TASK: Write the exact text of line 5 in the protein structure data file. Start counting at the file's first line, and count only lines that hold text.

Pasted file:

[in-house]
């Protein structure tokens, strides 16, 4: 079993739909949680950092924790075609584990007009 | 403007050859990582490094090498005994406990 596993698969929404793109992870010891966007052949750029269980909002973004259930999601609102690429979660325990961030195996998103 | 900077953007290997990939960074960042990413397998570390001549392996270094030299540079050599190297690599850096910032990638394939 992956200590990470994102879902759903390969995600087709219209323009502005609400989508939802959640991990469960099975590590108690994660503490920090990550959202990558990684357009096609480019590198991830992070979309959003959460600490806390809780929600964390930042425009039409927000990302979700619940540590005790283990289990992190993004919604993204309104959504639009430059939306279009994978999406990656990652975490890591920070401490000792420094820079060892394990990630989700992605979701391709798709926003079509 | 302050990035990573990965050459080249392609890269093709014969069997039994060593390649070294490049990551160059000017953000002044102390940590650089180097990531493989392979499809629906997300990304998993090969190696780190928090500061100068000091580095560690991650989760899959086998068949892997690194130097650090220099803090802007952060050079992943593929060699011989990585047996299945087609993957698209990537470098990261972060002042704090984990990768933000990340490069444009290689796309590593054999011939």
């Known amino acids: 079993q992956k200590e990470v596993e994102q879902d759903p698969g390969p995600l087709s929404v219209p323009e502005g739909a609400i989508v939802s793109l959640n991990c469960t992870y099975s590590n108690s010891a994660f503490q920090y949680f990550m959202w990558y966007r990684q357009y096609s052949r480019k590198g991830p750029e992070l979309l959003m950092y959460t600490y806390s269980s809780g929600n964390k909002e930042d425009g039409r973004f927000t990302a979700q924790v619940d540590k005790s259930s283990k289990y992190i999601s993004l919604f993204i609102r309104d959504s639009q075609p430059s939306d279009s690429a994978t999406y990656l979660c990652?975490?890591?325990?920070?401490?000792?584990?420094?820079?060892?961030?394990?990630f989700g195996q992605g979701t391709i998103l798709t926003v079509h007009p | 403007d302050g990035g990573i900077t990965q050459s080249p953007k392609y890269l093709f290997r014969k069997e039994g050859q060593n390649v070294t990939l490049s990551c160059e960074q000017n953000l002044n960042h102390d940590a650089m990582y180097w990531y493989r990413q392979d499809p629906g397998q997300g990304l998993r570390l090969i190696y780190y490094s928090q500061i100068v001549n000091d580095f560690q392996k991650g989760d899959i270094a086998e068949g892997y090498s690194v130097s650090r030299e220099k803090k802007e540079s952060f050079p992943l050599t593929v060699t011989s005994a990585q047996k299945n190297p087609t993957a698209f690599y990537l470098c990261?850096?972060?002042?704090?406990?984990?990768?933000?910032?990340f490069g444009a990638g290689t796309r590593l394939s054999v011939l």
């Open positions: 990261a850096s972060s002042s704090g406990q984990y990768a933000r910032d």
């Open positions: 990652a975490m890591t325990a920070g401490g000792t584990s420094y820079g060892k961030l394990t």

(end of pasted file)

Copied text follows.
């Open positions: 990652a975490m890591t325990a920070g401490g000792t584990s420094y820079g060892k961030l394990t």